Ellen Foster

Front Cover
Algonquin Books, 1987 - Fiction - 168 pages
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"When I was little I would think of ways to kill my daddy. I would figure out this or that way and run it down through my head until it got easy".

So begins the tale of Ellen Foster, the brave and engaging heroine of Kaye Gibbons's first novel, which won the Sue Kaufman Prize from the American Academy and Institute of Arts and Letters. Wise, funny, affectionate and true, "Ellen Foster" is, as Walker Percy called it, "The real thing. Which is to say, a lovely, sometimes heart/wrenching novel... "[Ellen Foster]" is as much a part of the backwoods South as a Faulkner character and a good deal more endearing".

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Ellen Foster: a novel

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Ellen Foster is the often heart-wrenching tale of an 11-year-old girl who loses her dearly loved mother through suicide and is left to coexist with her alcoholic father. "Old Ellen,'' as the ... Read full review

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About the author (1987)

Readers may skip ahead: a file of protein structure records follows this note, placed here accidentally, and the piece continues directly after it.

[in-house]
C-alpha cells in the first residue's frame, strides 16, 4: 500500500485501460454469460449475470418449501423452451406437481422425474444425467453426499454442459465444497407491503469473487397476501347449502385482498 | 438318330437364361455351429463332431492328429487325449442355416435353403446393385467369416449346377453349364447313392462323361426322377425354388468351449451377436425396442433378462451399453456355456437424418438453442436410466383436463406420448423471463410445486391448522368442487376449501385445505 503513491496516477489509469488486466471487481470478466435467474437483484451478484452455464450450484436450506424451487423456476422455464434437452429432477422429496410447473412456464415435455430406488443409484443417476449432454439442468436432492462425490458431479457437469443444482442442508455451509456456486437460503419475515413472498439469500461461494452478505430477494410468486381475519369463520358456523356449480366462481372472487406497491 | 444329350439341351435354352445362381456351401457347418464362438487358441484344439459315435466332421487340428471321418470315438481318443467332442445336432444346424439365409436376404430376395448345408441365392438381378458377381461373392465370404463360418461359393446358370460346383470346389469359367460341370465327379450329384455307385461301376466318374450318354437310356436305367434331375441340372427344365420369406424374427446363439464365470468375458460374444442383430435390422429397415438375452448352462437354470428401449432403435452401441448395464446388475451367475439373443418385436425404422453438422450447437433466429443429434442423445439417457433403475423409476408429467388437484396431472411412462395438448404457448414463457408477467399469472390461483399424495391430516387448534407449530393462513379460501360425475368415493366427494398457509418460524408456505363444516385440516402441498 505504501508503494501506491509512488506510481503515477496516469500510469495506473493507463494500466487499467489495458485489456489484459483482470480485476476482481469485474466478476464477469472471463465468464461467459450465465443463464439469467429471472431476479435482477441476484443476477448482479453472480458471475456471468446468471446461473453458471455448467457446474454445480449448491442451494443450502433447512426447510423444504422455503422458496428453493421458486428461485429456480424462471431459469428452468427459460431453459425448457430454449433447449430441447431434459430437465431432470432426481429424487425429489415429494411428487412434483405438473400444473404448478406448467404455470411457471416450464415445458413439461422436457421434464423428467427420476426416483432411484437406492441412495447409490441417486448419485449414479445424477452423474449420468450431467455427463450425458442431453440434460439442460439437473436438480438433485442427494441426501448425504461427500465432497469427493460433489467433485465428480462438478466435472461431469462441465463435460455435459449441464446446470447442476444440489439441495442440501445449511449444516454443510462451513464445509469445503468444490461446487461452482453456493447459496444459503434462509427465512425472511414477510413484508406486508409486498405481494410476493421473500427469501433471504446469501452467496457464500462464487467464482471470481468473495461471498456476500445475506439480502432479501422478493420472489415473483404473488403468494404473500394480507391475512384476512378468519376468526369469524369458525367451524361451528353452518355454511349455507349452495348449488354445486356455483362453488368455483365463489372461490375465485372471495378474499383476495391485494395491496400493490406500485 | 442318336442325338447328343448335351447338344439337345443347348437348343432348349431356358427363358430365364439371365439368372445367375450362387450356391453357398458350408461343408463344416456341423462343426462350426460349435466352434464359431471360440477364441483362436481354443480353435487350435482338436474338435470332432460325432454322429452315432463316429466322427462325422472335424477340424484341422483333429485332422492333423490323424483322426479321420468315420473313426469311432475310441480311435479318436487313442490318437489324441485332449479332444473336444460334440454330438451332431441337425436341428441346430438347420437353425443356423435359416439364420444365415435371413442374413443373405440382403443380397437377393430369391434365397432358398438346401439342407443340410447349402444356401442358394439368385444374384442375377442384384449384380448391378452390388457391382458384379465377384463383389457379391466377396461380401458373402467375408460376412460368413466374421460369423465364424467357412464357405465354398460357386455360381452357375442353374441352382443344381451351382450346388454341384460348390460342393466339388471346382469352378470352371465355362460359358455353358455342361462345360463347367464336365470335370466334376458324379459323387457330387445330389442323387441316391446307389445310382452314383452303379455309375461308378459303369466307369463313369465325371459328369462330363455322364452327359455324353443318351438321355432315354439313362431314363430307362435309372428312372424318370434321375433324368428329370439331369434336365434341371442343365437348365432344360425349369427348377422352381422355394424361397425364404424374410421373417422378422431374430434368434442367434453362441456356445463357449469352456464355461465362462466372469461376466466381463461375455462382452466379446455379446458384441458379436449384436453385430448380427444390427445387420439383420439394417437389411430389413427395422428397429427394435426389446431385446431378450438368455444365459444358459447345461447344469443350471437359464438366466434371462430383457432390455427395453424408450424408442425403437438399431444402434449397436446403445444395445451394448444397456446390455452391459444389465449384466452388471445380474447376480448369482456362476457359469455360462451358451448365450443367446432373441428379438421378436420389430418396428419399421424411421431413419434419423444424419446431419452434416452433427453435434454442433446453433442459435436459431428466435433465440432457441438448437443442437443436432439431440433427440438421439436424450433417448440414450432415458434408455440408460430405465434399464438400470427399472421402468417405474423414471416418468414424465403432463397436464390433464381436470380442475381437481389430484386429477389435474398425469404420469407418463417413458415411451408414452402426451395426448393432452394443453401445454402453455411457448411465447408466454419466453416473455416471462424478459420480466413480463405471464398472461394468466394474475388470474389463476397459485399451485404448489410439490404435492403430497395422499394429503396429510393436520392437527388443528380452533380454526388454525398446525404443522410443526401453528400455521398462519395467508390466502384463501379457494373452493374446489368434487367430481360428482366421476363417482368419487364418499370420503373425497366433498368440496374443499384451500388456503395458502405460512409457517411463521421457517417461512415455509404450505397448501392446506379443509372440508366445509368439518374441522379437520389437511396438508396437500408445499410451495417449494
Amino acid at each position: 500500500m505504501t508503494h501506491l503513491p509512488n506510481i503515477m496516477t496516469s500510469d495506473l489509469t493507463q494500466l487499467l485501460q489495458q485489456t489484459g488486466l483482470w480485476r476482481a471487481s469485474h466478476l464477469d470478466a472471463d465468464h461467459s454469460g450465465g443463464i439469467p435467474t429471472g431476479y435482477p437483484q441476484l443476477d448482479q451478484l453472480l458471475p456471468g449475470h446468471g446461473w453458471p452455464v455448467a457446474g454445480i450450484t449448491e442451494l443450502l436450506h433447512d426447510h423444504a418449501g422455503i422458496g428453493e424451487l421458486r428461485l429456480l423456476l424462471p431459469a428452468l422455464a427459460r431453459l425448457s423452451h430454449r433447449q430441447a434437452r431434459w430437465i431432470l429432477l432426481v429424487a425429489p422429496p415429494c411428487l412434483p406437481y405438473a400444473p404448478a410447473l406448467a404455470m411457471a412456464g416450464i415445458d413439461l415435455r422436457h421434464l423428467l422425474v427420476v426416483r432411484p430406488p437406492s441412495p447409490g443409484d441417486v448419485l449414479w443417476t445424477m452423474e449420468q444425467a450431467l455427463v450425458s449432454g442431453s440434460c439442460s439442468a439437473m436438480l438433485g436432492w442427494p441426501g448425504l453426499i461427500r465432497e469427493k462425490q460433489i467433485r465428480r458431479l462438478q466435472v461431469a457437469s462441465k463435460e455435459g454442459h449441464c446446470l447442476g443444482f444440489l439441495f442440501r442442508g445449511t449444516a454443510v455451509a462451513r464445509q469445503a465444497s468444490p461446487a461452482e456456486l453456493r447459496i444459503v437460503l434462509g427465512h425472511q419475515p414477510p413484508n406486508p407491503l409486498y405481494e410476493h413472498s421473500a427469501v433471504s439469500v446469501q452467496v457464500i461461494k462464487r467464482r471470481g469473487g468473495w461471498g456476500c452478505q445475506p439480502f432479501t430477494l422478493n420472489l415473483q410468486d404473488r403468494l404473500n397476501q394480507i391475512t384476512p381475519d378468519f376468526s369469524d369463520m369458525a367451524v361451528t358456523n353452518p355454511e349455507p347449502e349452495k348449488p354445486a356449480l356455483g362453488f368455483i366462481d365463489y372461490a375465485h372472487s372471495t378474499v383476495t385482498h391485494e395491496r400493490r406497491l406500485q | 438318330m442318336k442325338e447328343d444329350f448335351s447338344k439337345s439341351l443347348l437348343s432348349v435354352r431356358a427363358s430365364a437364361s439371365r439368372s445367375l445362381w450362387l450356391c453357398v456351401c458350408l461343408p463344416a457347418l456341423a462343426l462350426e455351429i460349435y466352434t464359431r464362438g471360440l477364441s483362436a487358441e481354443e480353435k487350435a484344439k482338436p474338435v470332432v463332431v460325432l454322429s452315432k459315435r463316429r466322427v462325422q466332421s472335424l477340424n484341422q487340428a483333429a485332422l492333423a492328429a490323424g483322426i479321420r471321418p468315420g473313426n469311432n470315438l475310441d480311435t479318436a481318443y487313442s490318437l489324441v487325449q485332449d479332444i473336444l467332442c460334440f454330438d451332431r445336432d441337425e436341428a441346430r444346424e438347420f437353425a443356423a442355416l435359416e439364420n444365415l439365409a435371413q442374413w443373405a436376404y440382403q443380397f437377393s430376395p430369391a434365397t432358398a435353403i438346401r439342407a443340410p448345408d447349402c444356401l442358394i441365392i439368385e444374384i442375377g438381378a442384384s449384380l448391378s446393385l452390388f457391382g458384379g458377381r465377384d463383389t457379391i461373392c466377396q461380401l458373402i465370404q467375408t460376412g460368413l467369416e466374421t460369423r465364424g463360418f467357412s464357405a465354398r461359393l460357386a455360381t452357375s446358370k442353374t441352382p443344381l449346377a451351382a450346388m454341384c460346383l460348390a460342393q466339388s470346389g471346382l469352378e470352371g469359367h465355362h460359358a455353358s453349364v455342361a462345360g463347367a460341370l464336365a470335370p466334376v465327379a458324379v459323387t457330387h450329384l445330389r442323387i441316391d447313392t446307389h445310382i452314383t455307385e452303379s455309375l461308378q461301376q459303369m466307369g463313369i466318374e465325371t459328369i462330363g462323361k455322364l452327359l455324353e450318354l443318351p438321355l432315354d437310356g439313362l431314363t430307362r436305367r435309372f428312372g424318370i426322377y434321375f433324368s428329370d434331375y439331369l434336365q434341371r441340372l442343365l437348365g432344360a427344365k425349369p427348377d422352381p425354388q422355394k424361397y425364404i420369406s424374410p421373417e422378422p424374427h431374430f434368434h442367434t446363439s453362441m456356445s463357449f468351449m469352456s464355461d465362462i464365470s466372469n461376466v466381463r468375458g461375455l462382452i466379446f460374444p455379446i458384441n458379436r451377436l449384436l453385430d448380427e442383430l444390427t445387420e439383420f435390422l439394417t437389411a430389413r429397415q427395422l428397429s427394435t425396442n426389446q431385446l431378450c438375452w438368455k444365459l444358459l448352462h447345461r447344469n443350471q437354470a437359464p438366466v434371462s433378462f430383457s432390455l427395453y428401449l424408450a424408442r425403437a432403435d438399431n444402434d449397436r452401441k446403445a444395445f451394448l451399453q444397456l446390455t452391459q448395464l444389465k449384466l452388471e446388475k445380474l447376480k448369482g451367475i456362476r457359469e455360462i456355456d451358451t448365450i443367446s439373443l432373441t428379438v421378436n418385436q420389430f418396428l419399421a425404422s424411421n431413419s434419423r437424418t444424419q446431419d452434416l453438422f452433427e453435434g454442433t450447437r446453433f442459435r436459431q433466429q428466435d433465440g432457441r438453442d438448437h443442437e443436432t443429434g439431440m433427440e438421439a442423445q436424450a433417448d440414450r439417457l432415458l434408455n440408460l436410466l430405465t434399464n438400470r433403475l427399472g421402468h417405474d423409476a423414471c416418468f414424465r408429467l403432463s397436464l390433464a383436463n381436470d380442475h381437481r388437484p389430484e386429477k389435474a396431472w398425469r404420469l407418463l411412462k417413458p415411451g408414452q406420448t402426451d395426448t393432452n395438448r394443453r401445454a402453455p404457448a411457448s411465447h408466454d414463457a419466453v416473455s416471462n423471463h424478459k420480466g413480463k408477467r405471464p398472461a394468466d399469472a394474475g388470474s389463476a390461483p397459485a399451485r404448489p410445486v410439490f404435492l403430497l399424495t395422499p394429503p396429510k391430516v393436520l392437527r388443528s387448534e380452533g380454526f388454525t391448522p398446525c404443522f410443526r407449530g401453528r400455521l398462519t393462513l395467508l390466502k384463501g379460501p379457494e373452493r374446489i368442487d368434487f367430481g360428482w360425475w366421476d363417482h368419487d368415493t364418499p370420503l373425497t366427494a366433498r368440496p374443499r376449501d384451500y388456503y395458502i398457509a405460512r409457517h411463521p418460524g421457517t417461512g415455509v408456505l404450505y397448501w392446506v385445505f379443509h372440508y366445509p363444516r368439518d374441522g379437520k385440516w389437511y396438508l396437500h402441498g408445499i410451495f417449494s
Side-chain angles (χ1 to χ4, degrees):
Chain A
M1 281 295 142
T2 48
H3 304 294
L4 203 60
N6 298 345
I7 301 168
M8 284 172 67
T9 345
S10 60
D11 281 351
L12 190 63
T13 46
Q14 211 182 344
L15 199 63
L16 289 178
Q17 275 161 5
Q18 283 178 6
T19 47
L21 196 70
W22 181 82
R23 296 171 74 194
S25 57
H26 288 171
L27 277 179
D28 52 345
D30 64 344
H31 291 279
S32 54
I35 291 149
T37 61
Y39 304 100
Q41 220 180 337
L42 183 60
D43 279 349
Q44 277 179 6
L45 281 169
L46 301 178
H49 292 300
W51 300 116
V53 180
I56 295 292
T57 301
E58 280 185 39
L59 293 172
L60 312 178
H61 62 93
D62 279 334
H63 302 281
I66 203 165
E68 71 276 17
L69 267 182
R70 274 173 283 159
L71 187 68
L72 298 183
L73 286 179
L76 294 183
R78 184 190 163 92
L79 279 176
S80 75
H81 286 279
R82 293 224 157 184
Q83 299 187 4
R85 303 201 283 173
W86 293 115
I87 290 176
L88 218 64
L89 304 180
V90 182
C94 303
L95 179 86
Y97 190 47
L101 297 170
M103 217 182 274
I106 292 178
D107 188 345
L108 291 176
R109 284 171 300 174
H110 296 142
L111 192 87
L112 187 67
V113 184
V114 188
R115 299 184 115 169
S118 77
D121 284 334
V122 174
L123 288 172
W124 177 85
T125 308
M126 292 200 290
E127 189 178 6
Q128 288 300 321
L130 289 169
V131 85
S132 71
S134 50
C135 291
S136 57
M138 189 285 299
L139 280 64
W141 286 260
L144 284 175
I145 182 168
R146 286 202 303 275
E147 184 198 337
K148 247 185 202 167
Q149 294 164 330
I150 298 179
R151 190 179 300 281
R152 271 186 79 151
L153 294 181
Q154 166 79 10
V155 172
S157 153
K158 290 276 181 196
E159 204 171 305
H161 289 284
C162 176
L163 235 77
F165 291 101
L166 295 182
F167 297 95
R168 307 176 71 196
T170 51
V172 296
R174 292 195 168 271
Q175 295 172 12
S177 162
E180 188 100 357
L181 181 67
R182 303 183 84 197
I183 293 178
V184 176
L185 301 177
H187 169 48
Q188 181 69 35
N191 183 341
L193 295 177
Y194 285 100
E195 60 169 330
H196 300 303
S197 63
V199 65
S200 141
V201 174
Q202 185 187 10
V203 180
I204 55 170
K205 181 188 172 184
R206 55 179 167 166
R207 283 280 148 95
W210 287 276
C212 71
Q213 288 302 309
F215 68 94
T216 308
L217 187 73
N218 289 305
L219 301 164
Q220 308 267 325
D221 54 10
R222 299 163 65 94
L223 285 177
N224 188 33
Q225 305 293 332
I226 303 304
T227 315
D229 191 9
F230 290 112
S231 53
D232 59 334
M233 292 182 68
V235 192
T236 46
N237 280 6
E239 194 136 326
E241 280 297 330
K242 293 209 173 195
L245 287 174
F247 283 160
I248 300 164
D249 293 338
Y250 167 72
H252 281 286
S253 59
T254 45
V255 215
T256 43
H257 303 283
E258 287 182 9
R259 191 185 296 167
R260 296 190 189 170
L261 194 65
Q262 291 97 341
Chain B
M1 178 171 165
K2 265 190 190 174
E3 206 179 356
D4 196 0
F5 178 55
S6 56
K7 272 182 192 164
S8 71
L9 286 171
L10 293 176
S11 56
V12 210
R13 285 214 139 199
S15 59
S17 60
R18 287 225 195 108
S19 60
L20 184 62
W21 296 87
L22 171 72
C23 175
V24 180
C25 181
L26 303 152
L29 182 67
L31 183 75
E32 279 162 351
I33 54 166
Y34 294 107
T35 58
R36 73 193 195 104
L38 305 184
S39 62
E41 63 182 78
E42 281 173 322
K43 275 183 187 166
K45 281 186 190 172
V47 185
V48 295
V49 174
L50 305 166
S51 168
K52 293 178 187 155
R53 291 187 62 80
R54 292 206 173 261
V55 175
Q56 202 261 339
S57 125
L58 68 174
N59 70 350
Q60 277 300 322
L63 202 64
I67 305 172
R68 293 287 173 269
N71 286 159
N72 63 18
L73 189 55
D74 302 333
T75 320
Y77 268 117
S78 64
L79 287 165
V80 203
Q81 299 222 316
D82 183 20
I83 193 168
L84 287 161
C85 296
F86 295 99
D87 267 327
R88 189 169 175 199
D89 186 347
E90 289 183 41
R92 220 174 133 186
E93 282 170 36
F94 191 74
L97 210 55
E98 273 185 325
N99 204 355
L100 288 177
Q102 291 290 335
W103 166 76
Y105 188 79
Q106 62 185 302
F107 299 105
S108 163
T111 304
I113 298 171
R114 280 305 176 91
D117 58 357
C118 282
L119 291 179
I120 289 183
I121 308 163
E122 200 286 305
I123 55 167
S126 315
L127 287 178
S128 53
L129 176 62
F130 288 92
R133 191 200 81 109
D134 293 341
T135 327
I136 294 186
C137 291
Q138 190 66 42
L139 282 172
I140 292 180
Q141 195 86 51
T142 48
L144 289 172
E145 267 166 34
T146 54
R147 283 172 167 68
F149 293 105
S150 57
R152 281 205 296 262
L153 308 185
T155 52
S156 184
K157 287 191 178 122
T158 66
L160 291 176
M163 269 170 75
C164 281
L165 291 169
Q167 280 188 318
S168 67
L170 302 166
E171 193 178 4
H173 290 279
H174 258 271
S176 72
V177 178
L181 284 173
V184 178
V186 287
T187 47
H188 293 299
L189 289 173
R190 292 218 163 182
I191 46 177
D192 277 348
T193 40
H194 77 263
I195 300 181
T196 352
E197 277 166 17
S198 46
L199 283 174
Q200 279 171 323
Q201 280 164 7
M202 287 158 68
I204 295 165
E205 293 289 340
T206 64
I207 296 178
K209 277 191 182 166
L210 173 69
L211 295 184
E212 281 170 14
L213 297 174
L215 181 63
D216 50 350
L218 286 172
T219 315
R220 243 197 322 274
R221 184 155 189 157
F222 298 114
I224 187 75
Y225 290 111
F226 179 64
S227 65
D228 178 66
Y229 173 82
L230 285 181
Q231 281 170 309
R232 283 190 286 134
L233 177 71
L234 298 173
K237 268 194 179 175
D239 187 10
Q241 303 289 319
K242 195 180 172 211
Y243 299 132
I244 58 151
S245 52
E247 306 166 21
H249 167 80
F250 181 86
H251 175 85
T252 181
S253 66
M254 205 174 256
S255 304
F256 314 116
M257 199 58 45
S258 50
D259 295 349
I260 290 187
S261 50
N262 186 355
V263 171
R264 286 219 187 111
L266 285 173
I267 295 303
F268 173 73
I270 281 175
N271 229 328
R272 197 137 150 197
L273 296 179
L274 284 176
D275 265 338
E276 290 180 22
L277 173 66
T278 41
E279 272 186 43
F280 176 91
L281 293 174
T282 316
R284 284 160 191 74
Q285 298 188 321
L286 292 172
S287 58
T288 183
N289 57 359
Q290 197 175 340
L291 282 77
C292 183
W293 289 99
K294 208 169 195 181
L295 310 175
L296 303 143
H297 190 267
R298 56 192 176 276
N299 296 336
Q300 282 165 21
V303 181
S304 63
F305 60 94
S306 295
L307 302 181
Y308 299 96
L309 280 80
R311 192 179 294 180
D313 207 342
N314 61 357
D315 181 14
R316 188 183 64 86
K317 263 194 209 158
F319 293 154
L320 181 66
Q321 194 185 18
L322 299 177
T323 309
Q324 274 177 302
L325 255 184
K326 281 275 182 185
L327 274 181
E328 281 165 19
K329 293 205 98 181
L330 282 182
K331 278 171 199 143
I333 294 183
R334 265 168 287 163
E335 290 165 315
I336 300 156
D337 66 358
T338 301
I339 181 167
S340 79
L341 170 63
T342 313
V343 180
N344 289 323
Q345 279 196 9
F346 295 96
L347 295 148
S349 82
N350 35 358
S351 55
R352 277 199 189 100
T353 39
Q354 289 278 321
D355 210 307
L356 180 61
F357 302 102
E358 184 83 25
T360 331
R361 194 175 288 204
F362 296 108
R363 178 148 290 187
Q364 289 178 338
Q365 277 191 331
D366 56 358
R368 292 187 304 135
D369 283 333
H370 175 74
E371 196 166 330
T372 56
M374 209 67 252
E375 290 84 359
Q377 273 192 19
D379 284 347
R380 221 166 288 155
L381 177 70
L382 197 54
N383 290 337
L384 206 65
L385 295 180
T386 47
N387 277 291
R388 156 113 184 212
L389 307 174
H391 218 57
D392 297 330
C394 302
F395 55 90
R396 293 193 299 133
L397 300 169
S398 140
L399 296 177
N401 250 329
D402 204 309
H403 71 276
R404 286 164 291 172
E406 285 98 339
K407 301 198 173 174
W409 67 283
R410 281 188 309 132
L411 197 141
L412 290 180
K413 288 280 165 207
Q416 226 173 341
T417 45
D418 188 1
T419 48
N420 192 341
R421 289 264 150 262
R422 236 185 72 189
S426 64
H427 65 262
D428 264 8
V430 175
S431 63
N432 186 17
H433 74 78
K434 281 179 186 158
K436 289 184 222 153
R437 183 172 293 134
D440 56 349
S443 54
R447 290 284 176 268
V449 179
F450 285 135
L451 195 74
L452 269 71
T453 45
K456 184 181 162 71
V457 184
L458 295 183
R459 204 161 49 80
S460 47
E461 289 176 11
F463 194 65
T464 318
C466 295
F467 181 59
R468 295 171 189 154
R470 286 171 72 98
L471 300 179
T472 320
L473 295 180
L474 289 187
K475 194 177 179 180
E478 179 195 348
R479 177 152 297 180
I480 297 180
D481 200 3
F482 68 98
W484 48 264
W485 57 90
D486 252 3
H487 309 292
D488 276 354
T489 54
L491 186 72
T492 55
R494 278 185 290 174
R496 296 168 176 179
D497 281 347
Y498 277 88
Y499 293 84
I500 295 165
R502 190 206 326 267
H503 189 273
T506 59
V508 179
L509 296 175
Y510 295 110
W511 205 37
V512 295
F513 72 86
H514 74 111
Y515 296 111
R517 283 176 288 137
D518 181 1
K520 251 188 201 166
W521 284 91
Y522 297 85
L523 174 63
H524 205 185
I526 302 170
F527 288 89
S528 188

Kaye Gibbons was born on May 5, 1960 in Nash County, North Carolina. She received a bachelor's degree in American literature from the University of North Carolina at Chapel Hill. Her first novel, Ellen Foster, was published in 1987. It won the Sue Kaufman Prize for First Fiction from the American Academy of Arts and Letters, was chosen as one of Oprah's Book Club Selections, and was adapted into a Hallmark Hall of Fame movie. Her other novels include The Virtuous Woman, A Cure for Dreams, Sights Unseen, On the Occasion of My Last Afternoon, Divining Women, The Life All Around Me by Ellen Foster, The Lunatics' Ball, and The Secret Devotions of Mary Magdalen. Her novel Charms for the Easy Life was also adapted into a made-for-television movie. She also received the Chevalier de l'Ordre des Arts et des Lettres, which recognized her contribution to French Literature in 1996 and she received the North Carolina Award for Literature in 1998.

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